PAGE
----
Incoming Chairmen Ready to Investigate
Saturday, December 16, 2006
Incoming Democratic committee chairmen say they will hold a series of hearings and investigations early next year to build the case for their call for a phased withdrawal of U.S. troops from Iraq and for possible action against defense contractors found to have wasted billions in federal funds.
The emerging plans to grill administration officials on the conduct of the war are part of a pledge for more aggressive congressional oversight on issues such as prewar intelligence, prisoner treatment at Abu Ghraib and Guantanamo Bay, and the government's use of warrantless wiretaps.
Among the most eager incoming chairmen is Sen. Carl M. Levin (D-Mich.), a lawyer with a professor's demeanor and a prosecutor's doggedness. As head of the Senate Armed Services Committee, Levin, 72, will be his party's point man on the Iraq war and on the Democrats' call to begin withdrawing troops in the coming months.
Levin said he also plans inquiries into "documentation of waste and fraud and abuse in the contracting areas" of the military. Aggressive oversight "is not just a budget issue," he said, but at some point "becomes a significant moral issue." In the House, Rep. John P. Murtha (D-Pa.), another leading advocate of a phased withdrawal, has vowed to use his Appropriations subcommittee chairmanship to investigate the Iraq war, holding "two hearings a day for the first three or four months . . . to find out exactly what happened and who's been responsible for these mistakes."
In committee after committee next month, the gavel will be handed by Bush allies to ardent Democrats deeply frustrated by what they see as the GOP-led Congress's refusal to conduct meaningful oversight and to hold the executive branch accountable.
Sen. Patrick J. Leahy (D-Vt.) said he will use his Judiciary Committee perch to conduct "real oversight" of the FBI and the Justice Department and to delve into "the abuse of billions of taxpayers' dollars sent as development aid to Iraq."
"I am not prepared to accept answers like 'I can't talk about it,' " Leahy said in a recent speech at Georgetown University's law school.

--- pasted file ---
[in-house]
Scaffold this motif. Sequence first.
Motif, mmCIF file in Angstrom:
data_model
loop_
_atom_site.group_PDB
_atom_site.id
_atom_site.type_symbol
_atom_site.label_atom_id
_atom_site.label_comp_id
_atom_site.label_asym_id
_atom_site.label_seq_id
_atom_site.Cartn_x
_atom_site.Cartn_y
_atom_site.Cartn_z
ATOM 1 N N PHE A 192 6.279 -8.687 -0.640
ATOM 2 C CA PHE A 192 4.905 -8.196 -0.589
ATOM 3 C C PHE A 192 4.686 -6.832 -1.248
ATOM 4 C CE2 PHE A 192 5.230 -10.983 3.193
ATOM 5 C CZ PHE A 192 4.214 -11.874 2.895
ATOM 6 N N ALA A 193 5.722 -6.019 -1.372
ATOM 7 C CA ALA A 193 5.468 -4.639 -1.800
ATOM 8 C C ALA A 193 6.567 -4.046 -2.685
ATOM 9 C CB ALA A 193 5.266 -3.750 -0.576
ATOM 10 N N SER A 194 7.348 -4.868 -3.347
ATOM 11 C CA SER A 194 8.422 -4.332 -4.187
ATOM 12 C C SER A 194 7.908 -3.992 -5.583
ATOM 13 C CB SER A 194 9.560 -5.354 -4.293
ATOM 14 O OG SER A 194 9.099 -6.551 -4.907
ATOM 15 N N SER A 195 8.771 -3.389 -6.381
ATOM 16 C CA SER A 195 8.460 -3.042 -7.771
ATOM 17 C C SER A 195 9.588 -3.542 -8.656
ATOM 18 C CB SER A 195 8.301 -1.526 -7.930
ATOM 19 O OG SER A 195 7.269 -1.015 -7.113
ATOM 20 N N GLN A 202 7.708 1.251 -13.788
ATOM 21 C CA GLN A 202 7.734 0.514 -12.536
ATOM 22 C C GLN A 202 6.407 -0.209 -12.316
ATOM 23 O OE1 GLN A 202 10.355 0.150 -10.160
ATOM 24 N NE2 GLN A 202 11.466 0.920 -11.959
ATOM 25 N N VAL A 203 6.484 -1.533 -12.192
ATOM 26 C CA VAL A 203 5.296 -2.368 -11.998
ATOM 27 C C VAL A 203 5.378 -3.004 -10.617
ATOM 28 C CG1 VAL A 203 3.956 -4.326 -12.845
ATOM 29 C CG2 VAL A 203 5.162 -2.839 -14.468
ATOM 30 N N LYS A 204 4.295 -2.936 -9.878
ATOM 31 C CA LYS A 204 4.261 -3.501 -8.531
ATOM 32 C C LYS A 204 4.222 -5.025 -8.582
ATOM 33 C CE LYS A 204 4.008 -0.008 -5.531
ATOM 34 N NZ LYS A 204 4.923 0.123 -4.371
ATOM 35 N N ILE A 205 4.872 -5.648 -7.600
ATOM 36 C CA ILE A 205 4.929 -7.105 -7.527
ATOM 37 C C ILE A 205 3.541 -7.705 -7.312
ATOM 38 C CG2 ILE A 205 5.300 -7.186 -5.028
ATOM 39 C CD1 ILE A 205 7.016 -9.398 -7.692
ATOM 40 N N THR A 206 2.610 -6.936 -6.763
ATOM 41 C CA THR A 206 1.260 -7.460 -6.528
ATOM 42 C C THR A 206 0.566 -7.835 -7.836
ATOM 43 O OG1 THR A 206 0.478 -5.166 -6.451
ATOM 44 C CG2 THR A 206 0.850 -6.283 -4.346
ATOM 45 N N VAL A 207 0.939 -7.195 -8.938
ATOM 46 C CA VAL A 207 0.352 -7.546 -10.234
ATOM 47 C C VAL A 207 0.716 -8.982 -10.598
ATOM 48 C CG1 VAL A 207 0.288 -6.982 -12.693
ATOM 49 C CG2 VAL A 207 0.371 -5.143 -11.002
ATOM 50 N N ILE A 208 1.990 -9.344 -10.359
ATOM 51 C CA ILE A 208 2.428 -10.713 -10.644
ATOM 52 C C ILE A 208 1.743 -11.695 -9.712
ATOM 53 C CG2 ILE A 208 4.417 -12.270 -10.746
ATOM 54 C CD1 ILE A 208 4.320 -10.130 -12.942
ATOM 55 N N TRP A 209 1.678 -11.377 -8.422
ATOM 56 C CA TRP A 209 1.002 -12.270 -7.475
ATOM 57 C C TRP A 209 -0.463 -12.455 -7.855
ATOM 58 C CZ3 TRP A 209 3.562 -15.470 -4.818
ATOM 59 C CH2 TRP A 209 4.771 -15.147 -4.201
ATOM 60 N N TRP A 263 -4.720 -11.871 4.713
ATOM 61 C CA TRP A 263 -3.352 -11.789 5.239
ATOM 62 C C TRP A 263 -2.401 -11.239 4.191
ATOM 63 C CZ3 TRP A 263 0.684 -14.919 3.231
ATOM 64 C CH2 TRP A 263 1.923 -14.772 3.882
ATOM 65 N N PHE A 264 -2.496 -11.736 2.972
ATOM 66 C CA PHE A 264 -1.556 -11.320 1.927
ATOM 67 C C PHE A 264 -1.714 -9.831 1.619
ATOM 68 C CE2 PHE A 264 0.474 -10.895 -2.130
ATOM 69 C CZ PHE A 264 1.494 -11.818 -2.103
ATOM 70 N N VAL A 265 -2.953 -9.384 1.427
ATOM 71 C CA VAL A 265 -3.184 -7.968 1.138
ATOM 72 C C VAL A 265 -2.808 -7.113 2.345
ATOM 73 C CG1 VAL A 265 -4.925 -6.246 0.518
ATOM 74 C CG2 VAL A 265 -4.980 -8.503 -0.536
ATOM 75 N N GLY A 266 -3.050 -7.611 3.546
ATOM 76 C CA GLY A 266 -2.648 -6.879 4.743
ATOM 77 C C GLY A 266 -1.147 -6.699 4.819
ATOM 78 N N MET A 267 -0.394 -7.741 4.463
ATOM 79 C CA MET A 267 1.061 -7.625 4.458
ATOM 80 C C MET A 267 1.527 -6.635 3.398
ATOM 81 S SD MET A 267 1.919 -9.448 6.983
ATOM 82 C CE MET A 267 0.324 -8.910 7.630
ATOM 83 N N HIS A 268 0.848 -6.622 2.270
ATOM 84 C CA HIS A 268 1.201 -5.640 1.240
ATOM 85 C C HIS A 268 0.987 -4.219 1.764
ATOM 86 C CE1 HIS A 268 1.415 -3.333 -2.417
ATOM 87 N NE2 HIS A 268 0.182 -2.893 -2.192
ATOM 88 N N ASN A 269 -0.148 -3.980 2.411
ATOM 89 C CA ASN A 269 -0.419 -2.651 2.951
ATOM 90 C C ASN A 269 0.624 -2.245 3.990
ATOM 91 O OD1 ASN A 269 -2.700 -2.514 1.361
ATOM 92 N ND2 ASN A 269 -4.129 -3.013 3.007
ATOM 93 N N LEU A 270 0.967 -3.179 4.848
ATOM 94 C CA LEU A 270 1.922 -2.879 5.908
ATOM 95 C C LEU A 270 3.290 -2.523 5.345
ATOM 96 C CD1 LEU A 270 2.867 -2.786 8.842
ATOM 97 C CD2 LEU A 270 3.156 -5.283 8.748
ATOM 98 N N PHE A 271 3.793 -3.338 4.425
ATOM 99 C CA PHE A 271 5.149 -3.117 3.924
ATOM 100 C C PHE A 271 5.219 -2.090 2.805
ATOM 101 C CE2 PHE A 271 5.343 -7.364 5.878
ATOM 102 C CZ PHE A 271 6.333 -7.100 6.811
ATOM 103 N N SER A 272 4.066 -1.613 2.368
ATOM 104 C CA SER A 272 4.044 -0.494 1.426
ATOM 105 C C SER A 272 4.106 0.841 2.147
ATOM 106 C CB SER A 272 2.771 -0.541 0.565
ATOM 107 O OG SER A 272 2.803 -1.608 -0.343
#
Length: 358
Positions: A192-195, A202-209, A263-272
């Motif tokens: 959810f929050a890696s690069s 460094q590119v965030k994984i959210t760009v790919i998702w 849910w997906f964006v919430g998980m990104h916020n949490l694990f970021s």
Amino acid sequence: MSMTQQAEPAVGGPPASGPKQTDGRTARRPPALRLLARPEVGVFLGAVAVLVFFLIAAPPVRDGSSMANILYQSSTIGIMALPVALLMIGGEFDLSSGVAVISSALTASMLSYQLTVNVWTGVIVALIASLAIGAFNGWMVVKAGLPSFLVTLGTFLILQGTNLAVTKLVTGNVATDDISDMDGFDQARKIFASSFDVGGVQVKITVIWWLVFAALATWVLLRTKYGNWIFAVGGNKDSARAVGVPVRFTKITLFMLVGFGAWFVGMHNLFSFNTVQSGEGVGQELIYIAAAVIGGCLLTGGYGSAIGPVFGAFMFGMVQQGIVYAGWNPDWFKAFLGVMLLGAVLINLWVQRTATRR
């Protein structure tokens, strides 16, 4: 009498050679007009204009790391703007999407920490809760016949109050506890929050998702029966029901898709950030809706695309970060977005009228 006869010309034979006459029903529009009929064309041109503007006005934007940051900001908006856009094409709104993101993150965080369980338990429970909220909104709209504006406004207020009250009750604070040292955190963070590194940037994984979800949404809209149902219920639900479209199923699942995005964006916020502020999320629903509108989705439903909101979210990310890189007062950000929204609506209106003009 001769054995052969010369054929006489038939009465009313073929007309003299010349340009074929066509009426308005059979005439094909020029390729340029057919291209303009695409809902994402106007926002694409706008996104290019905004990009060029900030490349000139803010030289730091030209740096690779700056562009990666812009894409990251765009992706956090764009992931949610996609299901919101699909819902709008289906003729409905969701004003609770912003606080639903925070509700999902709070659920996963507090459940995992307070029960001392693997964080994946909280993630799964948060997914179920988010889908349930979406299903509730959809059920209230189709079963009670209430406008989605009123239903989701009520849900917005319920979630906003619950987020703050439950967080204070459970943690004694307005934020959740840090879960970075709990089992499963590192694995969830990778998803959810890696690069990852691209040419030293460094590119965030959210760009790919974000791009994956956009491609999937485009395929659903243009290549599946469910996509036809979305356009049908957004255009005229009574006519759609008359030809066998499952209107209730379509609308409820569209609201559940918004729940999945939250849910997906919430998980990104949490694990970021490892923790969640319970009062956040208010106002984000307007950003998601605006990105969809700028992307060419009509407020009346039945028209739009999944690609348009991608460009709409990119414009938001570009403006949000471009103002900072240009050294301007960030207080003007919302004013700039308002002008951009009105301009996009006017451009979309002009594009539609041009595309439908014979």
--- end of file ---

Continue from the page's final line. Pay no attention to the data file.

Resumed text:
Levin, a sharp critic of the administration's use of prewar intelligence, will have new, substantial powers to press the White House for information and for a new direction in Iraq.
In a recent interview in his Senate office, Levin said the Senate Armed Services Committee's first priority will be to seek ways to stabilize Iraq and gradually disengage the United States from the war. But the committee will also hold retrospective hearings, he said, to determine whether administration officials manipulated intelligence before the war and whether the post-invasion provisional government abused its contracting powers and wasted huge sums of money.
"There is a responsibility from a lessons-learned perspective and an accountability perspective to fill in the blanks," said Levin, who voted against authorizing the war in 2002. "And there have been a number of blanks." Some lower-level military personnel have been held accountable for matters such as detainee mistreatment, he said, "but almost none in the intelligence community."
Having Levin replace John W. Warner (R-Va.) as chairman of the Senate Armed Services Committee will "hugely" change oversight, said Sen. John D. Rockefeller IV (D-W.Va.), a longtime colleague. Rockefeller, incoming chairman of the Senate intelligence committee, also plans more aggressive hearings.
"Oversight doesn't have to be a hostile process," Rockefeller said. But he said he and Levin are determined to overcome the administration's long-standing refusal to hand over documents concerning the White House contention in 2002 and 2003 that Saddam Hussein had weapons of mass destruction. "The public must understand that you can't do that," Rockefeller said.